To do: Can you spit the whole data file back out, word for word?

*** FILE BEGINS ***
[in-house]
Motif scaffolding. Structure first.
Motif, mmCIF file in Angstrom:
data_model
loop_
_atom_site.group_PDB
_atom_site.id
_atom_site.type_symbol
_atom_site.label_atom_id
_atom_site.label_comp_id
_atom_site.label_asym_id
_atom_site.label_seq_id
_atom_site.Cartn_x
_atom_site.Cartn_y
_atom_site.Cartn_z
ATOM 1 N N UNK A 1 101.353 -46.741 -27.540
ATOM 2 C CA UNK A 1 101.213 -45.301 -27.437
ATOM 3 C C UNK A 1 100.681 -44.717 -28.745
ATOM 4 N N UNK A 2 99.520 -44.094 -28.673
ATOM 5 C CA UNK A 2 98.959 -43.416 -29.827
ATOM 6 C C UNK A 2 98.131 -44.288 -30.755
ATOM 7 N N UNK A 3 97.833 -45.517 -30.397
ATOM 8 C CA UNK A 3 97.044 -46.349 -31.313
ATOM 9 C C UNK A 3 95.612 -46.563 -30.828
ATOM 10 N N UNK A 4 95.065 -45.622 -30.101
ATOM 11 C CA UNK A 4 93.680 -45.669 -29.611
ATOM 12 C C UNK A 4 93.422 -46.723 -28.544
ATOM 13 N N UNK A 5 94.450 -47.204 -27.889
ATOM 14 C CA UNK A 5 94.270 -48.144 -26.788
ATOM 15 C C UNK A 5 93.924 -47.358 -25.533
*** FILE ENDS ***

[in-house]
Motif scaffolding. Structure first.
Motif, mmCIF file in Angstrom:
data_model
loop_
_atom_site.group_PDB
_atom_site.id
_atom_site.type_symbol
_atom_site.label_atom_id
_atom_site.label_comp_id
_atom_site.label_asym_id
_atom_site.label_seq_id
_atom_site.Cartn_x
_atom_site.Cartn_y
_atom_site.Cartn_z
ATOM 1 N N UNK A 1 101.353 -46.741 -27.540
ATOM 2 C CA UNK A 1 101.213 -45.301 -27.437
ATOM 3 C C UNK A 1 100.681 -44.717 -28.745
ATOM 4 N N UNK A 2 99.520 -44.094 -28.673
ATOM 5 C CA UNK A 2 98.959 -43.416 -29.827
ATOM 6 C C UNK A 2 98.131 -44.288 -30.755
ATOM 7 N N UNK A 3 97.833 -45.517 -30.397
ATOM 8 C CA UNK A 3 97.044 -46.349 -31.313
ATOM 9 C C UNK A 3 95.612 -46.563 -30.828
ATOM 10 N N UNK A 4 95.065 -45.622 -30.101
ATOM 11 C CA UNK A 4 93.680 -45.669 -29.611
ATOM 12 C C UNK A 4 93.422 -46.723 -28.544
ATOM 13 N N UNK A 5 94.450 -47.204 -27.889
ATOM 14 C CA UNK A 5 94.270 -48.144 -26.788
ATOM 15 C C UNK A 5 93.924 -47.358 -25.533